Tax evasion is a universal phenomenon that has existed for thousands of years. It occurs in such forms as the nondeclaration or underreporting of income, sales or wealth; overreporting of deductible expenses; smuggling activities; or any number of other ways. Opportunities to evade taxes vary according to the type of income earner (professionals and independent contractors versus wage earners); structure of the economy (agriculture and commerce versus industry, or large enterprises and establishments versus small shops and operators); and structure of the tax system (number of taxes, level of tax rates, dependent versus nondependent income sources, accounting concepts of tax liabilities, withheld final taxes versus a global tax structure based on declarations).
Although tax evasion has received little attention in the post-Second World War literature on public finance, it has recently been resurrected as a control instrument for reducing the fiscal deficit. It is also receiving more attention as a result of an increasing concern about underground economic activities and their ramifications for economic policies.
The theory of tax evasion has many limitations since it is heavily dependent on assumptions about the attitude toward risk and on knowledge of the probability of detection (with full applicability of the penalty laws). In reality, tax evasion may be influenced by many other factors. The probability of detection is kept confidential by the tax administration. Also, the penalties may not be fully applied if tax evasion is widespread.
Various countries have recently attempted to develop methods that will help them estimate tax evasion. These include estimating the size of the underground economy or the amount of cash held in the economy and comparing the value of a particular tax declared to the tax administration with potential revenue from that tax calculated on the basis of the national accounts and the input-output matrix. The latter method, currently being used by selected country authorities, has been often used and refined by IMF tax missions.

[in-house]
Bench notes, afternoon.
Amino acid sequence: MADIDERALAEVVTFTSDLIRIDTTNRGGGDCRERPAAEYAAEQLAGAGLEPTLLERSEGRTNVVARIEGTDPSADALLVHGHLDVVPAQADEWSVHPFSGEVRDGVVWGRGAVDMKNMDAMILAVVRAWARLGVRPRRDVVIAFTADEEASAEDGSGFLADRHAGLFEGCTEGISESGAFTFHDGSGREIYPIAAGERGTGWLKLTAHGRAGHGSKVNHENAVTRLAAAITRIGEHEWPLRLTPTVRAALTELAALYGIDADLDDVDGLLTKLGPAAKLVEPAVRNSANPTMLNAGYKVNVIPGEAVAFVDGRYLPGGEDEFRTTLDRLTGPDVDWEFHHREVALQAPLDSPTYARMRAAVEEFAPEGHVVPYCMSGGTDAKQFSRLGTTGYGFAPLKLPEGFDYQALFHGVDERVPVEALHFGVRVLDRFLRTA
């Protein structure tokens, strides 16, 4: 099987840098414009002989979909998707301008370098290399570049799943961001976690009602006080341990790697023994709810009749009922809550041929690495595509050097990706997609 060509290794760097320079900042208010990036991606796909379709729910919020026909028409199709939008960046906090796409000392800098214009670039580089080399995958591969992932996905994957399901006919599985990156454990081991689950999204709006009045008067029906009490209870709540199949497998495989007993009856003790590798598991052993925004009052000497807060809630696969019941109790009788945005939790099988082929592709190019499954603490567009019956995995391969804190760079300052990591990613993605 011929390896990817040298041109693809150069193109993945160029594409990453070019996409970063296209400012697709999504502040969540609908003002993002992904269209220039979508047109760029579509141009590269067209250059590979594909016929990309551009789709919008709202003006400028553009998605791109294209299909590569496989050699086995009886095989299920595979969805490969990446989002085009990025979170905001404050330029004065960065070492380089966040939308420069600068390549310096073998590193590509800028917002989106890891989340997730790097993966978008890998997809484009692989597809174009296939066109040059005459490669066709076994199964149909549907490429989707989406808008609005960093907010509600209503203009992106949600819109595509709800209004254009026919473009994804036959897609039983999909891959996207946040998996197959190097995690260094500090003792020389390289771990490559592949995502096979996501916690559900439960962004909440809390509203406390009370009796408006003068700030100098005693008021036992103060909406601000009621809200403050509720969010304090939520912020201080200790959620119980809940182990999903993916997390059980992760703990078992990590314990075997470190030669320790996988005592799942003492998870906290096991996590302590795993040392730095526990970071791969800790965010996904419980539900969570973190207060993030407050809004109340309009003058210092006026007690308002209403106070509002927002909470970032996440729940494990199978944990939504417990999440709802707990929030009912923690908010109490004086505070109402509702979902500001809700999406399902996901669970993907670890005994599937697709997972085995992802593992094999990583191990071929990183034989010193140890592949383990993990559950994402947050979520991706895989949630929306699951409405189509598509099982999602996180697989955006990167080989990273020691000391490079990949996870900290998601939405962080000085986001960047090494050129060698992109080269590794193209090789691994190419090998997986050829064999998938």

Countries vary widely in the share of resources they allocate to tax administration and in the share of those resources in total tax collection. Tax administration plays an important role in determining the level of tax evasion. A tax administration, like an efficient firm, given its budget, should maximize output--that is, tax revenue--while ensuring equitable treatment of taxpayers and minimizing compliance costs. Among the instruments a tax administration has at its disposal to address evasion are withholding; presumptive and minimum taxes; selective auditing; penalties and sanctions; and controls that allow for cross checks between, for example, the value-added tax (VAT) and customs information or the VAT and income tax.